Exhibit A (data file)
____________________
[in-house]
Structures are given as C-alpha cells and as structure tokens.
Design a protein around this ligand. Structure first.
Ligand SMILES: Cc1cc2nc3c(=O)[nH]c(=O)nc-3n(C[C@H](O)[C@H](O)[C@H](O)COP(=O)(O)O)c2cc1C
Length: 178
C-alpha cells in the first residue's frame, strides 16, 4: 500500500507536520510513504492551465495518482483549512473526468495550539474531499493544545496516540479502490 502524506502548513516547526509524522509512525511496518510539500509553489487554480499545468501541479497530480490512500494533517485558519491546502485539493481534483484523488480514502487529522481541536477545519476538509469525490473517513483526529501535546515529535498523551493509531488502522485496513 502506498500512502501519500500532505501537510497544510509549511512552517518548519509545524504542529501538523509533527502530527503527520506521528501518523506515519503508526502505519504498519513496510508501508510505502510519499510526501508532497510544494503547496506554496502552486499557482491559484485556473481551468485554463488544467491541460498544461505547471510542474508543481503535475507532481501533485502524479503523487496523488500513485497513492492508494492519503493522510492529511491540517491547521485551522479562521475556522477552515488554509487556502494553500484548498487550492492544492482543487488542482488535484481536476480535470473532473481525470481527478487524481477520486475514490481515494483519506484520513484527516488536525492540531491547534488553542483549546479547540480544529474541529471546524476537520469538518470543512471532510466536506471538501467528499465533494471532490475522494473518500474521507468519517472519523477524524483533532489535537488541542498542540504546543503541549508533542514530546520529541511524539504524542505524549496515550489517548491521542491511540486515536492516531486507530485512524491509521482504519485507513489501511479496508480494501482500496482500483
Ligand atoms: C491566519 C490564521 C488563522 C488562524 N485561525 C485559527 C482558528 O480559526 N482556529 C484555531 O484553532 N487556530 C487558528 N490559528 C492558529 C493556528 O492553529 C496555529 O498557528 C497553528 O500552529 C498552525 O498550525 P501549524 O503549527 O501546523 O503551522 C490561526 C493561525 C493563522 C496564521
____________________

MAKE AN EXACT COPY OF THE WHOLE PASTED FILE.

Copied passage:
[in-house]
Structures are given as C-alpha cells and as structure tokens.
Design a protein around this ligand. Structure first.
Ligand SMILES: Cc1cc2nc3c(=O)[nH]c(=O)nc-3n(C[C@H](O)[C@H](O)[C@H](O)COP(=O)(O)O)c2cc1C
Length: 178
C-alpha cells in the first residue's frame, strides 16, 4: 500500500507536520510513504492551465495518482483549512473526468495550539474531499493544545496516540479502490 502524506502548513516547526509524522509512525511496518510539500509553489487554480499545468501541479497530480490512500494533517485558519491546502485539493481534483484523488480514502487529522481541536477545519476538509469525490473517513483526529501535546515529535498523551493509531488502522485496513 502506498500512502501519500500532505501537510497544510509549511512552517518548519509545524504542529501538523509533527502530527503527520506521528501518523506515519503508526502505519504498519513496510508501508510505502510519499510526501508532497510544494503547496506554496502552486499557482491559484485556473481551468485554463488544467491541460498544461505547471510542474508543481503535475507532481501533485502524479503523487496523488500513485497513492492508494492519503493522510492529511491540517491547521485551522479562521475556522477552515488554509487556502494553500484548498487550492492544492482543487488542482488535484481536476480535470473532473481525470481527478487524481477520486475514490481515494483519506484520513484527516488536525492540531491547534488553542483549546479547540480544529474541529471546524476537520469538518470543512471532510466536506471538501467528499465533494471532490475522494473518500474521507468519517472519523477524524483533532489535537488541542498542540504546543503541549508533542514530546520529541511524539504524542505524549496515550489517548491521542491511540486515536492516531486507530485512524491509521482504519485507513489501511479496508480494501482500496482500483
Ligand atoms: C491566519 C490564521 C488563522 C488562524 N485561525 C485559527 C482558528 O480559526 N482556529 C484555531 O484553532 N487556530 C487558528 N490559528 C492558529 C493556528 O492553529 C496555529 O498557528 C497553528 O500552529 C498552525 O498550525 P501549524 O503549527 O501546523 O503551522 C490561526 C493561525 C493563522 C496564521